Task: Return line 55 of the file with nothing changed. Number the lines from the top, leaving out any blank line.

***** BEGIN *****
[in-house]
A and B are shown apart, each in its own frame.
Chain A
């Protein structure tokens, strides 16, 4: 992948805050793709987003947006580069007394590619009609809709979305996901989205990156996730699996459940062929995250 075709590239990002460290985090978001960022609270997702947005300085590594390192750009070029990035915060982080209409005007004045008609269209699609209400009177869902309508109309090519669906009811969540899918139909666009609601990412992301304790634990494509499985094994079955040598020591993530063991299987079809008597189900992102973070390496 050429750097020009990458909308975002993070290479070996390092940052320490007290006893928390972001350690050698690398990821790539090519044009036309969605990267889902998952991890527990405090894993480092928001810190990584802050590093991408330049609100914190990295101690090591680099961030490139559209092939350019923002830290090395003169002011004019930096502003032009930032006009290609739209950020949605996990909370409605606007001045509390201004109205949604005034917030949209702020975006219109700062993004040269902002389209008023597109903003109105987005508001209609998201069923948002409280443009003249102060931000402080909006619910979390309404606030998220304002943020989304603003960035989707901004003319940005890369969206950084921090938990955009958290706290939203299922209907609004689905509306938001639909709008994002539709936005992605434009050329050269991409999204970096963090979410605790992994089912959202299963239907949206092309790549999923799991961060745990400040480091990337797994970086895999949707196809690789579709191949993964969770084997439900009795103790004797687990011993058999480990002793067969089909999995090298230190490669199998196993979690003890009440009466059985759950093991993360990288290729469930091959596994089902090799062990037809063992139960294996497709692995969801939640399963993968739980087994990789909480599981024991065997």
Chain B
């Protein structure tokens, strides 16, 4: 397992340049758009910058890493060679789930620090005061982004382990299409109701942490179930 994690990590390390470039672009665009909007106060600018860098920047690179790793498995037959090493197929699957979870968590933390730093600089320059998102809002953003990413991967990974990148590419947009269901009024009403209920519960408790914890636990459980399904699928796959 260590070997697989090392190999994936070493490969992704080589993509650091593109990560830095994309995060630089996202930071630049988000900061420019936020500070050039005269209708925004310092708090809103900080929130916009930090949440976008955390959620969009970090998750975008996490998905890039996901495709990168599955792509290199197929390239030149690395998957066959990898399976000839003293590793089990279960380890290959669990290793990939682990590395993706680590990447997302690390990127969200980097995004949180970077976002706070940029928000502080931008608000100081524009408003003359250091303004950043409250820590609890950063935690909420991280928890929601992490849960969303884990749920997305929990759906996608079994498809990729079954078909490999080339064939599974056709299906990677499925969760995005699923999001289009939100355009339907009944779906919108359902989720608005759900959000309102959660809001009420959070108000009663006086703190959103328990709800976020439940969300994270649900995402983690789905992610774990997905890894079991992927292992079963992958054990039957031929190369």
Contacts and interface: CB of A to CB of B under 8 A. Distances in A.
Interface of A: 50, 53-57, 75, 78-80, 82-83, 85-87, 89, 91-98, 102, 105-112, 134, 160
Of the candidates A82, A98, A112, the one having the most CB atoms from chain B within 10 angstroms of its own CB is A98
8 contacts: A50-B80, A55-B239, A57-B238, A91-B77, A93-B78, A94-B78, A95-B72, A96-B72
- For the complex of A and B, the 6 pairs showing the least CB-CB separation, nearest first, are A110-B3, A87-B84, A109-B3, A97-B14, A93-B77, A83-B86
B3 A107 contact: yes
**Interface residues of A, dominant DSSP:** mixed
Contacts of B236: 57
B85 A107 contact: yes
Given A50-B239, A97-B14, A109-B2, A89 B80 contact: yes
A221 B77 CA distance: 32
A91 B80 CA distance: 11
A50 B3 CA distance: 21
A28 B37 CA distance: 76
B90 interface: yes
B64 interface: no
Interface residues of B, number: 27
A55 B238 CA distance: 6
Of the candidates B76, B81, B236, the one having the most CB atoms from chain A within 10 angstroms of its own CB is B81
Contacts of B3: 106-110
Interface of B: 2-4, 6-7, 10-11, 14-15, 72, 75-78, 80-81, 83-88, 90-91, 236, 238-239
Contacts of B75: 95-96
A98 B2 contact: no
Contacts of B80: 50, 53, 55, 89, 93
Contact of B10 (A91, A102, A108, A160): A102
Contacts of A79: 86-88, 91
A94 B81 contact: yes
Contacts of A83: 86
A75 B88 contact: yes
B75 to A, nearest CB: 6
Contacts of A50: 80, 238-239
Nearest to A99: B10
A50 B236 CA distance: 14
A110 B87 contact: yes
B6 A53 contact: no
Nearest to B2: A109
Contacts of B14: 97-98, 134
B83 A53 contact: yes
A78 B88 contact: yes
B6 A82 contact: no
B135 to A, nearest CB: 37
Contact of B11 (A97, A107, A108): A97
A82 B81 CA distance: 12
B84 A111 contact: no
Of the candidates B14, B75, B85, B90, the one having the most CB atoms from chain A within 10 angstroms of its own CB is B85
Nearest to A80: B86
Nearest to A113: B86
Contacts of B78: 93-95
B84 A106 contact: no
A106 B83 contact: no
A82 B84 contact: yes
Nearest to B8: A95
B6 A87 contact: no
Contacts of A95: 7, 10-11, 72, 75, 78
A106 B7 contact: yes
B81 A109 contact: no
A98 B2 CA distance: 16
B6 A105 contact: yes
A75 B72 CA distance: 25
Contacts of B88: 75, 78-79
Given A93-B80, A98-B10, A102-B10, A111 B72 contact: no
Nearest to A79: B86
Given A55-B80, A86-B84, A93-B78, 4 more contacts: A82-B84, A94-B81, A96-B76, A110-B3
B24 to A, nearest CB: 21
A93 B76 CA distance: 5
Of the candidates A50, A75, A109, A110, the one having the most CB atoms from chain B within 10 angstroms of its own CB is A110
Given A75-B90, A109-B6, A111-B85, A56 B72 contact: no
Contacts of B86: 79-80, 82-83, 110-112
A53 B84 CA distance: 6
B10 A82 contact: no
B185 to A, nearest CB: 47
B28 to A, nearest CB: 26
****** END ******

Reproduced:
B84 A106 contact: no